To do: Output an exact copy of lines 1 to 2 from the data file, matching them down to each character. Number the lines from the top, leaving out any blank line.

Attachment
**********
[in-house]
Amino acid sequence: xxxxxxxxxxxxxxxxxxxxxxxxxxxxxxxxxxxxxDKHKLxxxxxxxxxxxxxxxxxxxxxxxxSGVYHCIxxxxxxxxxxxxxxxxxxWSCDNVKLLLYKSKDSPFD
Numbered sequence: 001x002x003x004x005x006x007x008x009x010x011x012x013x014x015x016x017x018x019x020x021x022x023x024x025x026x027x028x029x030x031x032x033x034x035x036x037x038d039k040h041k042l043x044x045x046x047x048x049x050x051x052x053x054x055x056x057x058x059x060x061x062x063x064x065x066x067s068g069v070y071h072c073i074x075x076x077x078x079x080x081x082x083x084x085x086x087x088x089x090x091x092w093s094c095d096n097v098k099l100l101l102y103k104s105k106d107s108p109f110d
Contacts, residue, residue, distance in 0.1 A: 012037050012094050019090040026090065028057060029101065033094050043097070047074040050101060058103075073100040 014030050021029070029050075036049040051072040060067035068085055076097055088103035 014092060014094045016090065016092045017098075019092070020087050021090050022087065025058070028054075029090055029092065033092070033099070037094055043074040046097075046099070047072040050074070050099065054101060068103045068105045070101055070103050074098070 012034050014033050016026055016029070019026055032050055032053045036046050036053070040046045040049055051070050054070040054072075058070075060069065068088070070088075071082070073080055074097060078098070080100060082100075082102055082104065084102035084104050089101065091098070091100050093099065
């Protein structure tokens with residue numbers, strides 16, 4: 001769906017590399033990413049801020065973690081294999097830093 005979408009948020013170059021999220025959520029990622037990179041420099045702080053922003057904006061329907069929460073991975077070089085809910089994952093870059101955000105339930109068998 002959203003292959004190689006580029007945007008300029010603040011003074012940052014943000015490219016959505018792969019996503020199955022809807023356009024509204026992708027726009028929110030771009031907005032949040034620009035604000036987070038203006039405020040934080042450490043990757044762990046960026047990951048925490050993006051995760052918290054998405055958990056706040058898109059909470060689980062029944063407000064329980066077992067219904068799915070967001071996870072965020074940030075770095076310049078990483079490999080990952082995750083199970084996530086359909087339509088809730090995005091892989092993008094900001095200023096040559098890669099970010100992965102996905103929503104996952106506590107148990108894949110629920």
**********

[in-house]
Amino acid sequence: xxxxxxxxxxxxxxxxxxxxxxxxxxxxxxxxxxxxxDKHKLxxxxxxxxxxxxxxxxxxxxxxxxSGVYHCIxxxxxxxxxxxxxxxxxxWSCDNVKLLLYKSKDSPFD